2. MKS is a suite of mods from RoverDude with a focus on building bases and colonisation. It adds eleven resources that you can mine, along with various refineries to convert these raw materials into processed goods that can then be used for maintaining a colony. It also adds an additional level of difficulty where your kerbonauts must have large, decent accomodation and supplies so that they won't go stir-crazy. The goal here is to establish a fully sustainable surface base on Laythe - if a moon like Laythe existed in our own solar system with oxygen at reasonable pressure in the atmosphere, liquid water on the surface and 80% of earth's gravity, it would be the prime target for colonisation. However, this isn't easy - because of the atmosphere and the gravity, the landings are challenging. First the mod list: MKS - colonisation mod from RoverDude, including life support. Planetary Base Systems - effectively serves as an extension to MKS giving more part options for life support recyclers, habitation, and various other things. Extra-planetary Launchpads - Allows building of rockets on other planets given sufficient resources to do so. Easy Vessel Switcher - Allows you to Alt-left click to switch to a nearby vessel. Pretty much essential when you have a dozen craft on the ground. KIS/KAS - Inventory system and Attachment systems. Allows you to detach and reattach parts, and to join vessels together for resource transfer. MechJeb - Doesn't really help with flying the planes but setting up and executing maneuvers in space. NearFuture - gives me a few additional options regarding nuclear engines and batteries - nothing game breaking and more to save on part count than anything else. PlanetaryDomes - allows the construction of cool looking surface bases SXT - Stock extensions. Allows electric propellers, sea plane floats and additional plane parts. TacFuelBalancer - Allows dumping and equalising of fuel easily. I also have a few mods like FinalFrontier, PlanetShine, ScanSat, UnmannedBeforeManned installed that don't really impact the mission but add convenience or fun stuff. I do have HyperEdit installed too, but it wasn't used apart from simulating transfer of nuclear fuels (I can do it without hyperedit but it's such a faff - note to @RoverDude - please make this easier!!) Early Experiments The first job was really to test if I could actually get stuff to Laythe, and land it relatively accurately. For that purpose, an initial ISRU-refueller type plane was designed and landed on Laythe, called Heron One: As it's an SSTO plane, it was flown into Kerbin orbit before being docked to a shunt that could transport it to Laythe. This certainly wasn't my finest hour though - landing it is terrifying. The stall speed is around 120ms on Laythe meaning that powered landings are pretty essential, and on non-flat terrain in the dark, it's horribly difficult to land. This means that taking it back to orbit and back down again is possible, but very tricky. It simply doesn't have enough wing area to make it work as an easy to land plane. As such, after landing it twice it got redesignated as "surface fuel dump" and left there. It also scanned for resources that could be mined, and it turns out that the shores of Laythe have everything I need with the exception of Gypsum which isn't massively serious. The second experiment was to see if I could land an MKS Tundra module on the surface. These are big and bulky, but utterly essential to constructing a successful base on Laythe - I need to be able to produce material kits, machinery and specialised parts on the surface in order to build more pieces of the base - leading it to being a sustainable colony that can expand itself. The Barbet was an SSTO plane from Kerbin (just), so it was a simple matter to get it into space, dock it to a shunt for transport to Laythe. Landing wasn't exactly 100%, but the important bits survived and it's around half a kilometre from the Heron, so good enough. I also sent a cargo plane, containing essentials that would be required whilst setting up the base - some supplies to keep the crew fed, some fertiliser so that more food could be grown, along with a some small kontainers to store various goods and some inflatable habitation modules and greenhouses. This wasn't an SSTO plane from Kerbin, so getting it into space was somewhat tricky. Introducing the Egret: Backups Building the base on Laythe is not going to be easy, and naturally, things might not work out. A single plane-crash could mean that the base simply isn't going to work. So we have backups - planes that can take the crew off in an emergency, the Red Kite, and the Erne - there's two Ernes at the start though I crashed one later on: We also have backups around the Joolian system, firstly a full featured base on Vall called the Emmy Noether, that can produce all materials. Getting stuff off Vall and to Laythe is a little long-winded but in an emergency can be completed in under a week. We also have the Leonard Euler station around Laythe - shipped out in 3 parts and joined together in Laythe orbit, it has lots of habitation and is used as a storage resource as well for the difficult to produce stuff - the Vall base has sent over lots of specialised parts, machinery, supplies, fertiliser, organics and colony supplies. We can always go and get stuff from the station as required as it has all sized docking ports for everything. The Madness Begins After the initial mostly successful experiments, I started designing the crazy planes that would be required to establish a fully working base on Laythe. All of these were tested on Kerbin first - can they survive re-entry into Kerbin, can they land at around 3000 metres altitude on Kerbin on rugged terrain (Laythe's air-pressure at sea level is roughly equal to 3000 metres on Kerbin, and Laythe's terrain is really not flat!). The first vessel is Ardea - some drills for mining various resources, along with two Tundra refineries that can turn raw materials into processed goods. It even has landing legs so it can form the basis of the first occupied structure on Laythe. With this it can take all raw materials and convert them to processed goods. With the addition of the Tundra manufacturing plant that has already been landed on Laythe, it can produce finished goods of Material Kits, Machinery and Specialised Parts which can then be used to create new vessels. We also have two Zeltornis - these carry large nuclear reactors to power the various parts of the colony, plus large KIS containers that have a bunch of parts that will be handy for base construction when they get to Laythe. With the award for the second maddest vessel I sent to Laythe, we have the Runway. This allows new vessels to be constructed using material kits and specialised parts using the Extra-planetary launchpads mod. Also contender for the most draggy plane I've ever built. It's not fast, but it does actually fly and land relatively well: I did say second maddest didn't I? We also have the Triple Heron. A 3-cockpitted, twin-fuselage aircraft that really shouldn't exist, or at least, not fly as well as it does. It serves as a backup for the Zeltornis craft above and carries the same cargo, nuclear reactors and large KIS containers: We also have a couple of other utility vessels, firstly an SSTO plane called the Wigeon, that can take resources such as machinery and specialised parts from Laythe orbit to the ground base, as well as carrying a couple of crew: And two Teals designed to be converted to rovers on landing by tearing off the wings and engines - these will be used to move crew and parts from vessel to vessel. I also sent a second variant of the Heron that looks identical to the one already landed at Laythe - however, this one's cargo is some Duna-style modules to help construct the first habitation portion of the base - a PDU (nuclear reactor), a logistics centre and a pioneer base. Getting to Kerbin Orbit and beyond Naturally, getting these "planes" off Kerbin is tricky. The best way I found was to surround it with large boosters to try and keep centre of mass low enough and not have the aerodynamics of the planes interfere too much. Massively overpowered to reach Kerbin orbit, I don't really care as all I want is for them to get there. And they're either designed to dock to a shunt or do get there under their own steam (possibly after some refuelling in LKO). Here's the shunt that pushed most vessels to the destination. Uses some NearFuture engines - they're not any better than the stock nuclear engine, but it helps save on part count when I want moar power: Landing on Laythe The place chosen for landing is a small piece of land of around 250 square kilometres called Ishmael Island, it sits on the other side of Laythe to Jool on the equator, so we get to see the other moons occasionally, but the choice of location was really determined by the initial Heron and the crashed Barbet that could no longer be moved. The main plan here was to get everything down and landed all in the same place ready for assembling. That meant landing all the planes before sending a crew down. The Wigeon also went down but it stopped off first at Leonard Euler to pick up some machinery, specialised parts and two crew members. Most things landed safely, but not all. The second Heron crashed around 2.5km from the launch site (though retained all the important cargo) and one of the Zeltornis planes decided that it didn't like having wings and landing gear any more (self-destructed on physics load on the ground, though it landed ok). Building a working colony Once the crew were down from orbit (via the Ernes / Wigeon), it was time to start creating a base by joining stuff together, recycling unneeded parts like engines and wings. I crashed one of the Ernes on landing (not fatal for the crew, but it'll never fly again) meaning that I now only have one remaining Erne to take crew off planet. The first job was to sort out the Teals, tear off the wings and engines and convert them into rovers that could be used to move parts around. There's two of them (Cape Teal and Baikal Teal) and they are the true work-horses (or work-ducks) of colony building - moving parts from place to place. The second job was to take Ardea, tear all the wings and engines off, put it on landing legs, attach a reactor, add the Tundra assembly plant, and a million and one little jobs. Driving backwards and forwards with the rover to various different vessels, detaching parts, attaching them to the rovers, driving to Ardea, attaching the part there, and so on. This is all painfully slow and involves many steps but eventually I have a workable manufacturing hub. This has all the capabilities to go from mining the raw materials to processing them all the way up to producing material kits, specialised parts and machinery. Then it was time to sort out the runway, by adding a reactor, a workshop and some habitation: You can see the large a KIS Kontainer in the screenshot above - this is now all that remains of one of the Zeltornis craft - both have now been completely recycled for parts, with the exception of the KIS kontainers. Additionally, the Barbet no longer exists - once I'd taken the Tundra Manufacturing and storage container off it, it had served its purpose and was scrapped for its material kits value. The six crew are all required for moving parts around and often have to engage in team lifts to move the heaviest parts. The Teals always come in useful to ferry both kerbals and parts around. The brave pioneers are Tanris, Learigh, Maxalla, Stelya, Gersan and Madie (and technically, Jesra who's remained on Vall to build any emergency stuff that might be required). Rather than cobble together a habitation section from the parts I'd brought with me, all the scrapping of wings and engines and planes means I have plenty of material kits to play with. As I have a working runway that can build other vessels, I decided to construct a skeletal base that I could then attach the parts I'd brought with me. Unfortunately it was dark by the time it had finished, so final tweaks like attaching of parts I had brought with me had to be done in the dark. But finally, it's done - and the second crashed Heron was recycled for parts after all its useful bits had been taken for the new habitation base. All of my bases on other worlds are named after female scientists, and this one will be no different. Please give a warm welcome to Grace Hopper. At this point the base is effectively finished - it can keep up its supplies, has good habitation ratings and can produce its own vessels. Subsequently I did build other stuff - a nuclear fuel and fertiliser plant (I know, these don't really go together, but they were the two manufacturing chains I was missing) - I also built a plane do a bit of (fuel efficient) exploring. If we're going to live on a world, we want to explore! I did build a replacement habitation module that isn't fully equipped as yet - the problem is the initial one is slowly but surely slipping down the hill, gradually trying to get out of physics range where local logistics will stop working and eventually slipping into the sea. The plan is to replicate the base around 5 kilometres away where it is much much flatter, but that will take a significant amount of time to generate the material kits and machinery to build it. Finally, here's a screenshot of all the vessels I could get in a single shot. I have many more plans for the base, but for now - it's ok as it is, it can produce everything it needs to, it has long habitation ratings and plenty of supplies to keep the Kerbals fed and happy. I've had great fun doing this mission - my plane design skills have gone up many notches in the process and surface base building is always great fun. Here's the imgur gallery with some additional images as well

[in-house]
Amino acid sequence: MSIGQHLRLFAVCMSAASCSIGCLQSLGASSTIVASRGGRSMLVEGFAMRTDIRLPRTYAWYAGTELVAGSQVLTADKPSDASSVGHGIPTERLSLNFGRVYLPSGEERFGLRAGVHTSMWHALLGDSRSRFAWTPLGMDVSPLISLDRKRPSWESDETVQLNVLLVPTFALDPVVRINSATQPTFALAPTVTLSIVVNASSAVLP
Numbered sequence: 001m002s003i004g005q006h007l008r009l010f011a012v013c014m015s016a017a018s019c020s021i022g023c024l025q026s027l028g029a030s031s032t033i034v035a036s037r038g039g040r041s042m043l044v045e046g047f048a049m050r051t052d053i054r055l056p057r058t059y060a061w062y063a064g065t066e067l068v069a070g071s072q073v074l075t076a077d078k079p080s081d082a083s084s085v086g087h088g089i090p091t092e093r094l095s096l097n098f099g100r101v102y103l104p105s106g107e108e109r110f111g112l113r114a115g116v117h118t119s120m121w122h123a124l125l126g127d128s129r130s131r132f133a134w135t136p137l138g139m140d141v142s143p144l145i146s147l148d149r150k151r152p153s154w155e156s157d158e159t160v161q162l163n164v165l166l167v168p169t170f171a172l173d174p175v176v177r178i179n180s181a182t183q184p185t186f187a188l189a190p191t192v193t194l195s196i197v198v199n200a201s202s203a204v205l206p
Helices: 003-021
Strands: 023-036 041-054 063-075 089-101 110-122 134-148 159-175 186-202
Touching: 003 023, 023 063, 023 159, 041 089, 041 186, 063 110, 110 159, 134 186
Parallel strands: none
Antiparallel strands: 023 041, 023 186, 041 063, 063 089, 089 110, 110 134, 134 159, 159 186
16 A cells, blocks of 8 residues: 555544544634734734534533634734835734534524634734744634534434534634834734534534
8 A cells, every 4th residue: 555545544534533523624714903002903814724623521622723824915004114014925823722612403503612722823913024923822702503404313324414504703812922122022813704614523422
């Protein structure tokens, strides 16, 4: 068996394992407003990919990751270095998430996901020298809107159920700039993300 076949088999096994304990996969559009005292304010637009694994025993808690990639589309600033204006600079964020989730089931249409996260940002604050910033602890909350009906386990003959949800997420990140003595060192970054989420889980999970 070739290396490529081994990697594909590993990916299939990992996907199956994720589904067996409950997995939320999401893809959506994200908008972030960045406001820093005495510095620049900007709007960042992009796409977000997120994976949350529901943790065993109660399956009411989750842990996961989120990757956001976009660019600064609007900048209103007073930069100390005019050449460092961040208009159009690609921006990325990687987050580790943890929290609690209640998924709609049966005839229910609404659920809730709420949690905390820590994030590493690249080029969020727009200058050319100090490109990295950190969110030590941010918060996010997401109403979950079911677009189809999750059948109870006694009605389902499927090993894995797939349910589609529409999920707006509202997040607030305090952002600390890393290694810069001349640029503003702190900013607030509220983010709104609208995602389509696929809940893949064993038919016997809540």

3. I've been planning to establish a long-term colonization on Laythe for a while now, considering so far the only non-Kerbin planet I ever sent Kerbals to was Duna, with a very lackluster base. Because of it being long-term, I plan to have a space station orbiting Laythe with two landers on standby, which must be almost completely reusable and be able to ferry at minimum six Kerbals from the station to the base(s), with maximum efficiency. With those restrictions in mind, and considering that I plan to keep the space station at an altitude of 150-175km(to make the rendezvous easier for me), I managed to design a hefty lander packing 3.8 m/s of dV, space for seven Kerbals, and a jumbo docking port on the bottom, which also counts on being refueled when landing on Laythe by virtue of the base(s) being equipped with fuel refineries and rovers able to ferry the fuel: As you can see, the reason for the unusual placement of the docking port(below instead of on top) is in favour of a RealChute parachute, designed to work flawlessy(mostly) on Laythe - which is why the lander is not completely coated in 'chutes. Unfortunately, RealChute has a hardcoded limit of 10 uses per parachute part, after which it will no longer work; as it will have to be replaced by a new parachute part through KIS, this is why the lander is only 95% reusable - and not using parachutes at all is a terrible idea as the lander completely loses control when entering Laythe's atmosphere - being the very first craft I've seen that prefers to fly face-first when I intend it to fly butt-first, while it's normally the other way around. (Re-entry heating is disabled in my save file because I have barely mastered proper drag-friendly crafts, let alone drag-friendly heat-freindly crafts) Nevertheless, using HyperEdit, I did multiple simulation flights with Laythe and, despite those shortcomings, de-orbiting and landing in Laythe is something the lander can do(with some trouble regarding loss of control; it can end up flying sideways and therefore gliding far away from its intended destination). The true problem is taking off again and reaching orbit: It just doesn't have enough fuel. Sure, it can attain an apoapsis that's above the atmosphere(thanks to a planet pack, the atmo height is raised to 66km instead of 50km; pressure and grav are unchanged), but it will be left with just 900-800m/s of dV left, when over 1100m/s are needed to complete the circularization. And this is without accounting the fact that the lander would still need to rendezvous with the soon-to-be space station at 150-175km of altitude... Either the lander is fuel-inefficient, or I am doing a wrong ascent profile. And I did check a guide for ascent profiles, but when I tried that, it just resulted in the lander deciding to fly into the ground. (Considering that guide was aimed toward large Kerbin crafts, it's possible its advice just doesn't apply for this situation) Thus, I'm wondering if anyone is able to help me with either/both problems. I'm looking to try and optimize its fuel consumption as much as I can(the aerospikes are the most efficient engines available: the Terrier is too weak, and everything else is either too powerful/inefficient, or has a mismatching size) to be useful in case of an emergency, and find out a more efficient way to get the lander up into Laythe orbit. As well as possibly find out what's causing the lander to completely lose control when braking into Laythe, as that will definitely end up causing problems later on regarding landing precision and the time spent ferrying Kerbals and fuel. And yes, the Center of Mass is above the Center of Lift, which is above the Center of Thrust. And here is the lander's .craft file, in case you need it or just want it.